Lawsuit challenges Holcomb’s decision to end extended unemployment benefits

A lawsuit filed on behalf of five Indiana residents and concerned Indianapolis clergy challenges Governor Eric Holcomb’s decision to end the federal CARES bill’s extended unemployment benefits.

The lawsuit, which was filed in the Marion Superior Court on Monday, alleges plaintiffs suffered financial damage from the abolition of the benefit that earned recipients an additional $ 300 per week of unemployment.

It also accuses the state of violating its legal obligation to secure all rights and benefits Hoosiers are entitled to under federal unemployment laws.

“These benefits have provided life-sustaining and vital aid to many Hoosiers during the pandemic,” Jon Laramore, executive director of Indiana Legal Services, said in a statement. “Legislature has passed legislation giving entitlement to these benefits, and we are asking Governor Holcomb to obey the law.”

Indiana Legal Services and Indianapolis law firm Macey Swanson Hicks & Sauer represent the plaintiffs. In the lawsuit, the five individual plaintiffs are identified by their initials only and include two residents of Indianapolis and people from Plainfield, Goshen and Bloomingdale.

The lawsuit states that during the pandemic, concerned clergymen provided financial assistance to Indianapolis residents in need of assistance with housing and health care payments, and that the need for assistance related to Holcomb’s decision to end the supplementary unemployment benefit, will only increase.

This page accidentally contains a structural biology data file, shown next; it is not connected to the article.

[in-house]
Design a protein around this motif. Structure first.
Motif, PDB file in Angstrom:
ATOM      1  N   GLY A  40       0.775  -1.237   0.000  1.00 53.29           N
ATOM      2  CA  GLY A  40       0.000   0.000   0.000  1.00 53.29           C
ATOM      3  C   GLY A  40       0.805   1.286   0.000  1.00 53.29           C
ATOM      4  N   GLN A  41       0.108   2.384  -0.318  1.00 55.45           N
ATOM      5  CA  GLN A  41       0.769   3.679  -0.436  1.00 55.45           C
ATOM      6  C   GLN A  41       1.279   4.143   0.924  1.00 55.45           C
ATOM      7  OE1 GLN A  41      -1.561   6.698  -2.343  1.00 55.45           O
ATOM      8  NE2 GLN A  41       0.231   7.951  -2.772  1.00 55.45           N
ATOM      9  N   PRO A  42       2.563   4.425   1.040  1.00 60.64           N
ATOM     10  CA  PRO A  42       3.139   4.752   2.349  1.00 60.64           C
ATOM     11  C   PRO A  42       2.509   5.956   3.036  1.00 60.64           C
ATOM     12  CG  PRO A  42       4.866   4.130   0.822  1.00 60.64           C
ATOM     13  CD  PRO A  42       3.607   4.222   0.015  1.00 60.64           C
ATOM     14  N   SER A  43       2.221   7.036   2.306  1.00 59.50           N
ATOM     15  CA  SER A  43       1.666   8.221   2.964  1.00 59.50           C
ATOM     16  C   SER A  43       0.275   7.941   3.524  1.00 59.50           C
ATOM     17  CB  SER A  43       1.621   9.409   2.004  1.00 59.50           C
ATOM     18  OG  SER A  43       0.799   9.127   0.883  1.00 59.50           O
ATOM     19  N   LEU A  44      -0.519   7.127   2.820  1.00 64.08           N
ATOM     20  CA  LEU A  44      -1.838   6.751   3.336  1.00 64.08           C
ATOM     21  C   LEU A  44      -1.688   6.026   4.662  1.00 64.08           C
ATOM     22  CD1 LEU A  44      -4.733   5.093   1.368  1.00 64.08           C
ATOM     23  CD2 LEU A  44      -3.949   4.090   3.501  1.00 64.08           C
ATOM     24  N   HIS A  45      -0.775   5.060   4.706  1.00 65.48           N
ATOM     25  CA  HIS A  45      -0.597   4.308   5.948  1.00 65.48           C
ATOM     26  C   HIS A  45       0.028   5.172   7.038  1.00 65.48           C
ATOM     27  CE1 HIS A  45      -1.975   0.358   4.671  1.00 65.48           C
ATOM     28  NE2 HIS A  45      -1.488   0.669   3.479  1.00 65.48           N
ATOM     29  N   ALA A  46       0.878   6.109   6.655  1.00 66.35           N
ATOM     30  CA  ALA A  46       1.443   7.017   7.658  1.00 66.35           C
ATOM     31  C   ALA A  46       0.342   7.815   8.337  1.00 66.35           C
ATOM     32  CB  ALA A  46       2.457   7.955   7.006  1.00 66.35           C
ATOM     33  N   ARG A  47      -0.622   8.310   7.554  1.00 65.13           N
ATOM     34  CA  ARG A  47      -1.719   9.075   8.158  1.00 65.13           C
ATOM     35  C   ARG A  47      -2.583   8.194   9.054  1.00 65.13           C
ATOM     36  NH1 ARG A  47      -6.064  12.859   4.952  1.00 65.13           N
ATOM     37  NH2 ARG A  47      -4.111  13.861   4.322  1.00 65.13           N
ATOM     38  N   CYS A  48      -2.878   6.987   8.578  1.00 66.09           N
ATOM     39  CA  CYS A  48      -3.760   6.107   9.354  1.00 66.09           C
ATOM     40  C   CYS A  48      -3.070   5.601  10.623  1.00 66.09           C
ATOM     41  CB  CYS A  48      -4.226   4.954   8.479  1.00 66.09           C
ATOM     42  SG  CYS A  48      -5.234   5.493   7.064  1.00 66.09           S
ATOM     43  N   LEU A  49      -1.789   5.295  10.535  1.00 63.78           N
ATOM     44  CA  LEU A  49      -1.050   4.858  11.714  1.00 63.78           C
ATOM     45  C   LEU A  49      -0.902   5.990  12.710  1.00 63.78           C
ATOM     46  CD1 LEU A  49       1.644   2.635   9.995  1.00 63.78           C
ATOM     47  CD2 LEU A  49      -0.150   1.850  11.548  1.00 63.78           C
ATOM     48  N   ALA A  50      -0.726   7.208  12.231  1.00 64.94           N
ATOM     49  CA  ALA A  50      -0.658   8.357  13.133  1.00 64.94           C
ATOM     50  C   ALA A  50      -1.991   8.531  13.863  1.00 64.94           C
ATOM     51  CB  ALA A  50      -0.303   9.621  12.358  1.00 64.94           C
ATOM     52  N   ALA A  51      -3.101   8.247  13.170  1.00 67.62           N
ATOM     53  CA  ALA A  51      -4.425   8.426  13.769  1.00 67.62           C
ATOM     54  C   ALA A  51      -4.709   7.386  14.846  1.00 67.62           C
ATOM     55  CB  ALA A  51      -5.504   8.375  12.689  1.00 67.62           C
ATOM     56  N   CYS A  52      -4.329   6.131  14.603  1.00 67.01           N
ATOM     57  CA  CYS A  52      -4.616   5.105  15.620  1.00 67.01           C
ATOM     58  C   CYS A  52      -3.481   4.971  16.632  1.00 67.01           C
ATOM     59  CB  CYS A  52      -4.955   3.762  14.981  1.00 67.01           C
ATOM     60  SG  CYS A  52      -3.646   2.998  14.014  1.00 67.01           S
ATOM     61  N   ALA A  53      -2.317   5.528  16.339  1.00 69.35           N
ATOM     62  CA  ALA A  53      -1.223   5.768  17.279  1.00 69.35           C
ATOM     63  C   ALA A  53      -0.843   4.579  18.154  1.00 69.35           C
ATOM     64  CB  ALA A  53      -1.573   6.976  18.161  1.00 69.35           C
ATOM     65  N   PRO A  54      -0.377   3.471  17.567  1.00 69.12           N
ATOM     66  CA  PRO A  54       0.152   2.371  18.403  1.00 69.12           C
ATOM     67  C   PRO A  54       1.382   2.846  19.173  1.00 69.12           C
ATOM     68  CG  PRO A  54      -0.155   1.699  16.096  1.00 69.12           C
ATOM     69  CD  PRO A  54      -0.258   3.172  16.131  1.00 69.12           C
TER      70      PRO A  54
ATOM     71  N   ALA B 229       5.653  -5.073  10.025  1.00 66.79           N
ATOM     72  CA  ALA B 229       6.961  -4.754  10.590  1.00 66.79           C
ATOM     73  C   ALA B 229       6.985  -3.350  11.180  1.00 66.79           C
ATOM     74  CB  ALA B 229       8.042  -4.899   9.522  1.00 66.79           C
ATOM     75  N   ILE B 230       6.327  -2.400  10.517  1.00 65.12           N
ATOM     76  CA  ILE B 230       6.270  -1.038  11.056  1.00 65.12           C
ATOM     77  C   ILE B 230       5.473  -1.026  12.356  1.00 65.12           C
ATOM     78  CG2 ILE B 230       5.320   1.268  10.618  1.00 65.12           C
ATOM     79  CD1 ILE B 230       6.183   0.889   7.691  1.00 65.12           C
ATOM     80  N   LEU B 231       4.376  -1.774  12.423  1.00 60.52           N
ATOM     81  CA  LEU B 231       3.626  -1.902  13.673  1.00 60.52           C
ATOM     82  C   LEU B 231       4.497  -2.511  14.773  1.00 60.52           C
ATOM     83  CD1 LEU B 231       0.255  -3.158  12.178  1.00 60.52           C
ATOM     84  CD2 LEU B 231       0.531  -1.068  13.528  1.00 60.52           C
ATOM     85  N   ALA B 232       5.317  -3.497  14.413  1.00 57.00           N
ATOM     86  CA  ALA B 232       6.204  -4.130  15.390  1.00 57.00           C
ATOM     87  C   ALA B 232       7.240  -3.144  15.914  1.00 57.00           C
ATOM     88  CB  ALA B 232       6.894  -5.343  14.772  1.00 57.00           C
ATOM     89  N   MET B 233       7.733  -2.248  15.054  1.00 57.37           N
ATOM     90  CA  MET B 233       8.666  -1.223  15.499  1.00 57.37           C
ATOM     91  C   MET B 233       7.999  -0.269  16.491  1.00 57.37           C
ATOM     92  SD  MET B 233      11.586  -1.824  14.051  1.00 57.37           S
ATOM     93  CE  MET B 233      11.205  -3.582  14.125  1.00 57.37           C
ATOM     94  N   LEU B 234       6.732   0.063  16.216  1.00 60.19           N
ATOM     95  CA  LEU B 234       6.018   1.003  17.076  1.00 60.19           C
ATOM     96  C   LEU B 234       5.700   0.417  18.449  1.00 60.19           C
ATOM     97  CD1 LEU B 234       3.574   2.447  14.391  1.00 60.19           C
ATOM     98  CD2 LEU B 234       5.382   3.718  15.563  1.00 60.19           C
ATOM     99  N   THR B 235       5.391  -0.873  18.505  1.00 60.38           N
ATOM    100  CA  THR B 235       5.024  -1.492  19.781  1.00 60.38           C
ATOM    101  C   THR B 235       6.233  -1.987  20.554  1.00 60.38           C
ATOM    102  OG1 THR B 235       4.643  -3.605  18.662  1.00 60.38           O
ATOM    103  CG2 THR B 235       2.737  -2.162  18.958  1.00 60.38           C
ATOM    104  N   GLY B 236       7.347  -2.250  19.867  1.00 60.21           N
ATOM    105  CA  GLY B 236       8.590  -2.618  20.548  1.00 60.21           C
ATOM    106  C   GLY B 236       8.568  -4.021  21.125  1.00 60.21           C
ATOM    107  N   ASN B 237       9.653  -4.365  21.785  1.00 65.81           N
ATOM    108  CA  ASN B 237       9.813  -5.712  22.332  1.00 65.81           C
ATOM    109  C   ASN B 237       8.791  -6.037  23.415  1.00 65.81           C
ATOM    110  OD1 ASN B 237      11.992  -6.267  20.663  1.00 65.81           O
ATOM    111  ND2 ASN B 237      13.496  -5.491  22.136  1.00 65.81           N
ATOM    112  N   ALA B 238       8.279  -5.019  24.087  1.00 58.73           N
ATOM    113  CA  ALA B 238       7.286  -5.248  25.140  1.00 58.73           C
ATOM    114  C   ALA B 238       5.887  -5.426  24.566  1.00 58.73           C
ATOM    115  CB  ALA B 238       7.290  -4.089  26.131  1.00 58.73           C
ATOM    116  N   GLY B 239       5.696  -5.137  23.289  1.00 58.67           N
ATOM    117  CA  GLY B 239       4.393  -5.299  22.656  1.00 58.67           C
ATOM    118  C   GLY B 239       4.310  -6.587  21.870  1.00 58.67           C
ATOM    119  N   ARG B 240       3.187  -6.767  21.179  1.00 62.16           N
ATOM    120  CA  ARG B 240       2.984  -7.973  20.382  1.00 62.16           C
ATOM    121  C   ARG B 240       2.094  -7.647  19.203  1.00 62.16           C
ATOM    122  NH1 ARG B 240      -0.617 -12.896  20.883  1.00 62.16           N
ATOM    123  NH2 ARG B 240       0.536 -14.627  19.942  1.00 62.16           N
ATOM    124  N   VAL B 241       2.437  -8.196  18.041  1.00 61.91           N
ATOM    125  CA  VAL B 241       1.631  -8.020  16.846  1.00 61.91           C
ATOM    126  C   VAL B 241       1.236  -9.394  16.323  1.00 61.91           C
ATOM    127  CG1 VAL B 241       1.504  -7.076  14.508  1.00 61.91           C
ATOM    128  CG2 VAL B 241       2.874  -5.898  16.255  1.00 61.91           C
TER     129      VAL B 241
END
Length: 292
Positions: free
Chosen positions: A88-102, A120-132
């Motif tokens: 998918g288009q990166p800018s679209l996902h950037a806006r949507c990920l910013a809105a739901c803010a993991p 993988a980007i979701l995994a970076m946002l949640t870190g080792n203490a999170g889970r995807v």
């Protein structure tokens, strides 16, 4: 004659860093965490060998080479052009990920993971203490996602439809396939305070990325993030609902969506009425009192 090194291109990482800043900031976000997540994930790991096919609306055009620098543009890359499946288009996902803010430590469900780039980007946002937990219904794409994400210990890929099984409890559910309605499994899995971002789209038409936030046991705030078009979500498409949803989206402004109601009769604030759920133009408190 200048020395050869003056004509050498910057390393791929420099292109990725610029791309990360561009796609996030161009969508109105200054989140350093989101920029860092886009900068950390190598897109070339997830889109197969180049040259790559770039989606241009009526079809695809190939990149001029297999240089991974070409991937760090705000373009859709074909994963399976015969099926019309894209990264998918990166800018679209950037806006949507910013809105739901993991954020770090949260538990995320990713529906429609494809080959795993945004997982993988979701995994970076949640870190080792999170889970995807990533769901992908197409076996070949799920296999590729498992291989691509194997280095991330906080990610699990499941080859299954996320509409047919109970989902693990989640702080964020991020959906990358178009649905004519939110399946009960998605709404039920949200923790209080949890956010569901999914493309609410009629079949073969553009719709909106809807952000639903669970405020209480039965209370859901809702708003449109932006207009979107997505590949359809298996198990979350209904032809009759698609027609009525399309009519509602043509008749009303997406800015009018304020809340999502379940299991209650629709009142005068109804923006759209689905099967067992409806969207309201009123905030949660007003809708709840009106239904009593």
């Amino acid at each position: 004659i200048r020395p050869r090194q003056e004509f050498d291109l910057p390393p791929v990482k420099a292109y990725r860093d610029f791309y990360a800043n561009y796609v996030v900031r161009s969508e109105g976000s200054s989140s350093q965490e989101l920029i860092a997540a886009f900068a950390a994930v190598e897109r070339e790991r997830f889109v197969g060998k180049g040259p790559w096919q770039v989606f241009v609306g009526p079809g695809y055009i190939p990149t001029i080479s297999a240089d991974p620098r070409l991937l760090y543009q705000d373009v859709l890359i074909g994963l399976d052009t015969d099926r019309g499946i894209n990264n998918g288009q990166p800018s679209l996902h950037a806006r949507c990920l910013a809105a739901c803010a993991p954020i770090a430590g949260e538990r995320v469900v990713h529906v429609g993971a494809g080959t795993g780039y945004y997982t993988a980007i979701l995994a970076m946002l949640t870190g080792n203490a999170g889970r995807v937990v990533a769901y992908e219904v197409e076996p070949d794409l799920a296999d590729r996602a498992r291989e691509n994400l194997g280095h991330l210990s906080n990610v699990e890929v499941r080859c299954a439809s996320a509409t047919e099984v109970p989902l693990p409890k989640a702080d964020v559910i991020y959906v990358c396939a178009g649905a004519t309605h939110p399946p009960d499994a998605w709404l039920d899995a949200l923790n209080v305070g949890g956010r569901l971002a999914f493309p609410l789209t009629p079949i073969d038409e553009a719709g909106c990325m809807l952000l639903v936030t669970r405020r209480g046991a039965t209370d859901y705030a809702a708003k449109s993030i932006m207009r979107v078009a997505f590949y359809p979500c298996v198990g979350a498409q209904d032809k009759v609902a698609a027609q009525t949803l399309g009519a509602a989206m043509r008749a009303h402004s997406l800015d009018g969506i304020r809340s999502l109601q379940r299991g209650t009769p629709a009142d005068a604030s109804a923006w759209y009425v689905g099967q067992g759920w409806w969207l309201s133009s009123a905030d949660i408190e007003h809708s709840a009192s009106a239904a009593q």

Last month, Holcomb, along with many other Republican governors, ended extended unemployment benefits after employers complained that they were having difficulty finding work and feared that many people would not return to work because they would earn as much or more when unemployed could.

In response to the lawsuit, Holcomb’s office announced Tuesday that the state has properly completed all steps necessary to terminate its participation in government-funded pandemic unemployment insurance programs and notified the beneficiaries concerned in a timely manner.

When announcing his decision to discontinue the extended benefits, Holcomb said: “Eliminating these pandemic programs will not be a panacea for employers to recruit, but we currently have about 116,000 open positions in the state that need to be filled right now.”

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